Bioavailability and Bioequivalence        Anas Bahnassi PhD RPh
Lecture ObjectivesUpon the completion of this lecture the student should be able to:• Define terms bioavailability, absolu...
Bioavailability                          Definitions    The relative amount of an                      The rate and extent...
Pharmaceutical                                                  Therapeutic            or Chemical                        ...
Bioequivalence                                                    Compare                                                 ...
Bioavailability Absolute                                       Relative                                                Com...
imAnas Bahnassi PhD 2011        7
Absolute       Bioavailability     ()                           ( )                                F=              ()     ...
Relative         Bioavailability  ()                                    ( )          F=                   ×               ...
()                                                         F=                              ×                              ...
Excipients                                                                   Particle size                     Formulation...
The First Pass Effect   The fraction, f, of orally administered drug thatsuccessfully passes through gut lumen and gut wal...
Determination of the area under the    plasma concentration–time curve from       intravenous bolus administration        ...
Determination of the area under the    plasma concentration–time curve from         extravascular administration          ...
CmaxAssessing Rate ofAbsorption means   comparing:                                         tmax                           ...
Bioavailability TestingAdminister Drug to                                  Minimum 12                           For Relati...
Bioavailability Testing1. Check the criteria for bioavailability testing.2. Compare bioavailability parameters for product...
Example     12 Subjects                                         Randomly                                        Assigned t...
= .                              = .79                                                    Is it                       = 0....
Data Presentation     Anas Bahnassi PhD 2011   20
Anas Bahnassi PhD 2011                                             21Data Presentation
How Equivalence Types are                       No   Same Drug                                   Not                      ...
FDA Codes ofBioequivalence                      Anas Bahnassi PhD 2011                 23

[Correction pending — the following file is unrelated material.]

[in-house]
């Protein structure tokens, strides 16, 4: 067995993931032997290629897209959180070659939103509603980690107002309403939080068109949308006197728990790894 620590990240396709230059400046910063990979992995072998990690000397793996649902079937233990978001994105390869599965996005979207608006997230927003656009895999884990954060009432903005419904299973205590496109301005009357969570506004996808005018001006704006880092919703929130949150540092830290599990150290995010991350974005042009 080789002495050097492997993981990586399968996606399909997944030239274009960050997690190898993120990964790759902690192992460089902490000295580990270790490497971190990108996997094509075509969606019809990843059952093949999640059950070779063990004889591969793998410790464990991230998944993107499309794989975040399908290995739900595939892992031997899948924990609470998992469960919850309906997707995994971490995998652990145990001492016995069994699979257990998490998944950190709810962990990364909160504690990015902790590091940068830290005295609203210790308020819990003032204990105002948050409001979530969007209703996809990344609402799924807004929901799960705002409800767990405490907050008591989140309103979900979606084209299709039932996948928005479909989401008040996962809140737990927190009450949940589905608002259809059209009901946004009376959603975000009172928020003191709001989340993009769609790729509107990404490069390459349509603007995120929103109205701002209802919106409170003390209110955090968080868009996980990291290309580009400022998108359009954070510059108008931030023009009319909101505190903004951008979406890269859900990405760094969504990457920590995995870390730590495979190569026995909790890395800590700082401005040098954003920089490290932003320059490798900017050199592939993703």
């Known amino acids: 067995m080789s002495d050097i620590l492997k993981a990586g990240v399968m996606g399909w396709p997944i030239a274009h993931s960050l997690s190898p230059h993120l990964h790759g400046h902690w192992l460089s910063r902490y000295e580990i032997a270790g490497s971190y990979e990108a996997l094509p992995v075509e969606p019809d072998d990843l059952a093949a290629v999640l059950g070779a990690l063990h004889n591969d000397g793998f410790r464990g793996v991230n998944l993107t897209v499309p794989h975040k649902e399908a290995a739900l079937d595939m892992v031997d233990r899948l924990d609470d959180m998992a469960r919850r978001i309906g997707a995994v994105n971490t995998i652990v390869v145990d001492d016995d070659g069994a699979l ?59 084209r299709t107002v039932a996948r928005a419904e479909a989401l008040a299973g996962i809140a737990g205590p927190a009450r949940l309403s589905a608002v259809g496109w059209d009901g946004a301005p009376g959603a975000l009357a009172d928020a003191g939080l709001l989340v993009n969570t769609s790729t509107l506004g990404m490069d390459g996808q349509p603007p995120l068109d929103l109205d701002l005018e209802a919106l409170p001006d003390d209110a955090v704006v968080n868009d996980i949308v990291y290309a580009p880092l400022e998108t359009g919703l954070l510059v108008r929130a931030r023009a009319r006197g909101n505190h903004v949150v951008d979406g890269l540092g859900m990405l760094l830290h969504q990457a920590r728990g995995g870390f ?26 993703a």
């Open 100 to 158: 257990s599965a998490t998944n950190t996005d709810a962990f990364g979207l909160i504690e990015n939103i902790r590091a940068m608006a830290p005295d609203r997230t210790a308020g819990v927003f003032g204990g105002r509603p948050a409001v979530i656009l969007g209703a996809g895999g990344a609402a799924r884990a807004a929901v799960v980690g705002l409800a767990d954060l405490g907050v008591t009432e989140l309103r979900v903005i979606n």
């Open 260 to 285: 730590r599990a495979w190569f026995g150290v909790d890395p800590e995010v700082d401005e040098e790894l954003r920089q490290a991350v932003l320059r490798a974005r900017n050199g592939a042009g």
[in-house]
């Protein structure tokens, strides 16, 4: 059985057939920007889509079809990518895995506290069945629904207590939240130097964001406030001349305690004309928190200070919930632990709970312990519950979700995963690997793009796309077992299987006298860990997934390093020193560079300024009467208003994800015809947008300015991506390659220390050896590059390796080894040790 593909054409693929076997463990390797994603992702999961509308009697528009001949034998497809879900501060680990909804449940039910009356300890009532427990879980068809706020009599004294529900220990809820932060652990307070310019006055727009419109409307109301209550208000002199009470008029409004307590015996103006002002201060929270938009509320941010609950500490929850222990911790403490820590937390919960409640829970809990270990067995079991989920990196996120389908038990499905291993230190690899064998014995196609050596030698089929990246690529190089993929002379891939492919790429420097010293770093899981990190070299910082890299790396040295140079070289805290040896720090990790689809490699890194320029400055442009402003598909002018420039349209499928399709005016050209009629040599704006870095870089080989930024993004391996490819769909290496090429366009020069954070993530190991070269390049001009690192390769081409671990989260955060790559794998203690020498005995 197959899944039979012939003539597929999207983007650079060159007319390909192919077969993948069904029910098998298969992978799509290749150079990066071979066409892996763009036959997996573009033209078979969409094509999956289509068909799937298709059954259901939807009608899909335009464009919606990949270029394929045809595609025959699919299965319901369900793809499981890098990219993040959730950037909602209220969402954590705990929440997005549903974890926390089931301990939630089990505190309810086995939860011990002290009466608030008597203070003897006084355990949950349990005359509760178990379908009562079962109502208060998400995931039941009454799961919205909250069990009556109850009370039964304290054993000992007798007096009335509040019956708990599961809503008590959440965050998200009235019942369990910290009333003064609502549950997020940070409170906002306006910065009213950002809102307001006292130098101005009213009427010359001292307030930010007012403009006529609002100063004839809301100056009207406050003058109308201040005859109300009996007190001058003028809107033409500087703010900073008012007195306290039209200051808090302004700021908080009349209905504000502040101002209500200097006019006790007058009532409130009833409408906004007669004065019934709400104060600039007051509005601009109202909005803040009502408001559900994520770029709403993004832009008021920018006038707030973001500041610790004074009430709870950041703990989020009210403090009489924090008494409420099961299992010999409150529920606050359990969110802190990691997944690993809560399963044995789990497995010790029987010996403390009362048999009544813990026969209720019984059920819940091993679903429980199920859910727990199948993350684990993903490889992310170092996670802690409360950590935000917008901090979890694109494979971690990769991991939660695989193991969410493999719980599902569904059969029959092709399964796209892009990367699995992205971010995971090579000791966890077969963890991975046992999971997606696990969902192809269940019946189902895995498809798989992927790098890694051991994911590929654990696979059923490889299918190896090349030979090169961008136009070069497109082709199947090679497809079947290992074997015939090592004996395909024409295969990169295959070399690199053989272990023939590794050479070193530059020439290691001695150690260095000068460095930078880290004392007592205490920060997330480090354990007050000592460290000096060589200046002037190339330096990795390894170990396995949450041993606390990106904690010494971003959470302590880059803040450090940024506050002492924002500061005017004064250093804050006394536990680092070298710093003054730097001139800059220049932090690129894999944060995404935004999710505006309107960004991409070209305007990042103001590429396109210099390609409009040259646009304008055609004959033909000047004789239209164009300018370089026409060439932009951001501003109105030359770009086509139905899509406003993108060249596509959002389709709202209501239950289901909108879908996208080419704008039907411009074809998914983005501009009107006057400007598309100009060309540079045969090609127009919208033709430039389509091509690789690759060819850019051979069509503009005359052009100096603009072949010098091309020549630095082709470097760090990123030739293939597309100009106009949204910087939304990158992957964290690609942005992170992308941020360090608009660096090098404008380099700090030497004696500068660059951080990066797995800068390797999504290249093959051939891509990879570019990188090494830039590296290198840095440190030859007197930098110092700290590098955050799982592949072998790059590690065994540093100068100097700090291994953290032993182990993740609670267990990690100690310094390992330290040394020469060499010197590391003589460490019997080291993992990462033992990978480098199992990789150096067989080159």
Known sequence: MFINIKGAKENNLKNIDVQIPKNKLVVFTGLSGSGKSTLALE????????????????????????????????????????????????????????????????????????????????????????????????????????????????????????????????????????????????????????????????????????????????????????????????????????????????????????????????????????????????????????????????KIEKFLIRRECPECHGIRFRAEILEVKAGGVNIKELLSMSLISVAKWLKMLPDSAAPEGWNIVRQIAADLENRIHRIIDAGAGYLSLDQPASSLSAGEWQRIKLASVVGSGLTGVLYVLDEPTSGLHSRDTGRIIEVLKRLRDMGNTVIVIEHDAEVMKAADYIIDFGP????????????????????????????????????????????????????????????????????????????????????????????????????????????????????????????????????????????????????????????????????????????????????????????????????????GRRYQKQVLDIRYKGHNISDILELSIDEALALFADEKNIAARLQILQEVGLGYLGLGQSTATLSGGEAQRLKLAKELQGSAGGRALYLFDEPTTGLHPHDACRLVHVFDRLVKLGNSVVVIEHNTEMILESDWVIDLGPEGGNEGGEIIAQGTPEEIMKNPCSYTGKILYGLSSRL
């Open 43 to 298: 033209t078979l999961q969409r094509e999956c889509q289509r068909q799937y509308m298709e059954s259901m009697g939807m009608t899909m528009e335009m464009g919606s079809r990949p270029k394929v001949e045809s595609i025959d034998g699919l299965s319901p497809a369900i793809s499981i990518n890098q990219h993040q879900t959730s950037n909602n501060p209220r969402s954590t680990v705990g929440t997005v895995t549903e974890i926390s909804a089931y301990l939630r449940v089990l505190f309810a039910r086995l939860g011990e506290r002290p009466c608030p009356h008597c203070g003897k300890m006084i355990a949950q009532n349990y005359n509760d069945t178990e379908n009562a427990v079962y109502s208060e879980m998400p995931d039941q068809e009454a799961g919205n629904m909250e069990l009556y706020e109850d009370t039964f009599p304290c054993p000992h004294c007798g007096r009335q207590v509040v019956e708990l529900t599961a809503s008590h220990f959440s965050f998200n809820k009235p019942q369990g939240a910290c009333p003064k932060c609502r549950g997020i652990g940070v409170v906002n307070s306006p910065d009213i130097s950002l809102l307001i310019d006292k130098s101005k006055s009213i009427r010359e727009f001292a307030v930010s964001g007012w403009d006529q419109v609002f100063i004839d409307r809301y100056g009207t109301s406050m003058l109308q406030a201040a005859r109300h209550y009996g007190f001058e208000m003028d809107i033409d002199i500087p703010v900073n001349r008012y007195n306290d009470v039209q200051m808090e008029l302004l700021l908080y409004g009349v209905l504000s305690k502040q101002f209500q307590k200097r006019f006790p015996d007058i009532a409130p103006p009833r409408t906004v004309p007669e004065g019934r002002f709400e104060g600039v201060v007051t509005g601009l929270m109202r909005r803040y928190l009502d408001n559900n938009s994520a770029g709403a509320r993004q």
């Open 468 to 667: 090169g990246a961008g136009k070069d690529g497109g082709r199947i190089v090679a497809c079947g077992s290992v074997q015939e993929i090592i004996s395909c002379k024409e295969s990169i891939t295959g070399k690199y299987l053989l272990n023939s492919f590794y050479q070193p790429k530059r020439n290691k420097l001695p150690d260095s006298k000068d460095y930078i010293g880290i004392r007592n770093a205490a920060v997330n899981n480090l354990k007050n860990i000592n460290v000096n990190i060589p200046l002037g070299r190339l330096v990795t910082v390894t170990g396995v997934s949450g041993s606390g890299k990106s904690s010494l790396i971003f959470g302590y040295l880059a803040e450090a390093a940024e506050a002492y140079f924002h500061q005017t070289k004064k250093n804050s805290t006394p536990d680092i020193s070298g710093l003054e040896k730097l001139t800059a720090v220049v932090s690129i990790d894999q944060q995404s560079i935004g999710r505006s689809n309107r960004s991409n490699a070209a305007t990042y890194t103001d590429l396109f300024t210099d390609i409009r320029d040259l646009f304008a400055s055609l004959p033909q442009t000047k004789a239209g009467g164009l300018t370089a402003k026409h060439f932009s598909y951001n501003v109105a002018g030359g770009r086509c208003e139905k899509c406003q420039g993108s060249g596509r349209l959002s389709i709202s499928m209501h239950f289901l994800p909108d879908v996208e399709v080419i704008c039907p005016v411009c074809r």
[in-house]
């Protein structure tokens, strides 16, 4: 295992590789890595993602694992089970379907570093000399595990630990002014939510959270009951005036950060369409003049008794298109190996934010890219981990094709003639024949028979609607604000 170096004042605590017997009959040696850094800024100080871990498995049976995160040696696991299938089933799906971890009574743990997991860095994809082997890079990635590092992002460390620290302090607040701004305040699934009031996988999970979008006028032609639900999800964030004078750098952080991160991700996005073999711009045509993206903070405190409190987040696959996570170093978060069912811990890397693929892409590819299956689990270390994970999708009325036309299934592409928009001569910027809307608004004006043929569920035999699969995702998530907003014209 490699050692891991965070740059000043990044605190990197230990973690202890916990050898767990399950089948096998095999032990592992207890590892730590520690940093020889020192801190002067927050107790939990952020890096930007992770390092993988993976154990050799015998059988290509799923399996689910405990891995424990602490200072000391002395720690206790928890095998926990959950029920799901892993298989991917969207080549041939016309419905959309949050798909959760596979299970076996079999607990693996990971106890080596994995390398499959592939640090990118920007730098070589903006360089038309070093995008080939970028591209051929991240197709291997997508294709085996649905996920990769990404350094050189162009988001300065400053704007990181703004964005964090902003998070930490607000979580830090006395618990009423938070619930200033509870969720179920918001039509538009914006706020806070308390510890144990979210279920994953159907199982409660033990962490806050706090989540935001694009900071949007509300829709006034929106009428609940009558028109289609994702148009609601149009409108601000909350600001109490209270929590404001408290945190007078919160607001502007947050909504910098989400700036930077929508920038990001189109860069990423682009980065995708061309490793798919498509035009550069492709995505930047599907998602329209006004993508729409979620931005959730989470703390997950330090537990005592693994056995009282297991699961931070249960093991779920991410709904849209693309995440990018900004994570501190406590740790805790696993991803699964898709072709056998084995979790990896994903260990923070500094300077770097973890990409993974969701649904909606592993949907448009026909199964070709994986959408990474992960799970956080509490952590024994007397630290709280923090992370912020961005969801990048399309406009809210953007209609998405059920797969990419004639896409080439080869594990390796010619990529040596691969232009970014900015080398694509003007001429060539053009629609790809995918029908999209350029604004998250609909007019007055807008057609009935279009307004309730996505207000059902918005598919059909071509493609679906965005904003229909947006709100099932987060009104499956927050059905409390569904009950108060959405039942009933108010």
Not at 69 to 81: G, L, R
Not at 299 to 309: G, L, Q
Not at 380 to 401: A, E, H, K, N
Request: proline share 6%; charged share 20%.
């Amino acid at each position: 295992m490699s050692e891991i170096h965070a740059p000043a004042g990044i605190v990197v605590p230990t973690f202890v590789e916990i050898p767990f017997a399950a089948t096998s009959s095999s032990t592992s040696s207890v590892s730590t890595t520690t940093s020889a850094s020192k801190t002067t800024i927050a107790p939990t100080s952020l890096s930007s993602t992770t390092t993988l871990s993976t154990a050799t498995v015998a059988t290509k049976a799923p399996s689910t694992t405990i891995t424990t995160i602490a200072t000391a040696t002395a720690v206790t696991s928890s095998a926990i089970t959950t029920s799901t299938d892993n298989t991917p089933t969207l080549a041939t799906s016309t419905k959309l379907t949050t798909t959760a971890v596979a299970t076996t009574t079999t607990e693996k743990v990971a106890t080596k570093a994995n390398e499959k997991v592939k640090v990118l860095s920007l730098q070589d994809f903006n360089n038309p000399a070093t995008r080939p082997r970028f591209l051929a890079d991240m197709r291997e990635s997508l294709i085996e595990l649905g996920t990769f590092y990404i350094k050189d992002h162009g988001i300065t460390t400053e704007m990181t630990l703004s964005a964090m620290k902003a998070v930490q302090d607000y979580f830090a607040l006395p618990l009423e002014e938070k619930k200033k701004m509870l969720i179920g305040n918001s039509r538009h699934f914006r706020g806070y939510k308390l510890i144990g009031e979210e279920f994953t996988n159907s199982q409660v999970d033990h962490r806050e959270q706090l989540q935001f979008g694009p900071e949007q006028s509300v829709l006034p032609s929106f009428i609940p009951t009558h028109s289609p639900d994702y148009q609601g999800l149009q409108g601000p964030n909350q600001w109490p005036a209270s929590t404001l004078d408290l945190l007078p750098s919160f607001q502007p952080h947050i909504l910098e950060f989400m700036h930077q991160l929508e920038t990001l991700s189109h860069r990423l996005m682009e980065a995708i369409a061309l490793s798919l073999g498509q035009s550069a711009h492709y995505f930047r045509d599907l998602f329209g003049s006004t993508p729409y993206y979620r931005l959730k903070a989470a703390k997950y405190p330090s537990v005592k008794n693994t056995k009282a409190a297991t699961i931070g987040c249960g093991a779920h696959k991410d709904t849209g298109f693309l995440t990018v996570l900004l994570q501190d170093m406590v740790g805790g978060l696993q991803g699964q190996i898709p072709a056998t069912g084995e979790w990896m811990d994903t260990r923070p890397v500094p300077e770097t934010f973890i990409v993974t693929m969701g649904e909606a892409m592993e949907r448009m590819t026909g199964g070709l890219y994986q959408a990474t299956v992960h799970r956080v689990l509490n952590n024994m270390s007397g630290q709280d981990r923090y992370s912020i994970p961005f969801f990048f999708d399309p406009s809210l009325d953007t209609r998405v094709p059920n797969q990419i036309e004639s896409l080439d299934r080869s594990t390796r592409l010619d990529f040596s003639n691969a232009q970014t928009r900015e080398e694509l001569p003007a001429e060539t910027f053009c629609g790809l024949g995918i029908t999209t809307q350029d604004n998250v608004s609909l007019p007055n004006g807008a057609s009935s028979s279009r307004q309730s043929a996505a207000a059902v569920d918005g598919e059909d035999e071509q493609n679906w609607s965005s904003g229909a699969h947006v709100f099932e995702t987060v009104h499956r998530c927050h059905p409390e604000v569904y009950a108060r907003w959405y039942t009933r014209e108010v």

1If a drug product passes official USP or                          Fallacies    BNF standards then this assures       bioa...
In vitro rate of dissolution tests                                                      Fallacies                         ...
PharmacokineticsAnas Bahnassi PhD RPh                           abahnassi@gmail.com                      http://twitter.co...
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Pharmacokinetics: Lecture Five

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Bioavailability and Bioequivalence

Pharmacokinetics: Lecture Five

  1. 1. Bioavailability and Bioequivalence Anas Bahnassi PhD RPh
  2. 2. Lecture ObjectivesUpon the completion of this lecture the student should be able to:• Define terms bioavailability, absolute bioavailability, comparative bioavailability, bioequivalence, therapeutic equivalence, pharmaceutically equivalent products and pharmaceutical alternatives Anas Bahnassi PhD 2011• Explain the difference between bioequivalence and therapeutic equivalence and describe whether bioequivalence will, in all cases, lead to therapeutic equivalence• Calculate absolute and relative bioavailability• Explain the manner in which parameters reflecting rate and extent of absorption are used to determine bioequivalence between two formulations; use equations to calculate these parameters• Explain the first-pass effect and its influence on bioavailability of a drug• Perform calculations to assess bioequivalency by the method employed by the US Food and Drug Administration (FDA)• Explain the FDA rating system for bioequivalency. 2
  3. 3. Bioavailability Definitions The relative amount of an The rate and extent to which the activeadministered dose that reaches the ingredient or therapeutic moiety is general circulation and the rate at absorbed from a product and becomes which this occurs available at the site of drug action Anas Bahnassi PhD 2011 3
  4. 4. Pharmaceutical Therapeutic or Chemical Equivalence Equivalence Means that two or more Two or drug products contain more chemically or equal amounts of the pharmaceutically same therapeutically equivalent active ingredients in identical dosage forms, products essentially and that these dosage produce the same efficacy forms meet the and/or toxicity in the same requirements such as individuals whenpurity, content uniformity administered in anand disintegration time as identicalestablished by the United dosage States Pharmacopeia regimen. and/or National Formulary. Anas Bahnassi PhD 2011 4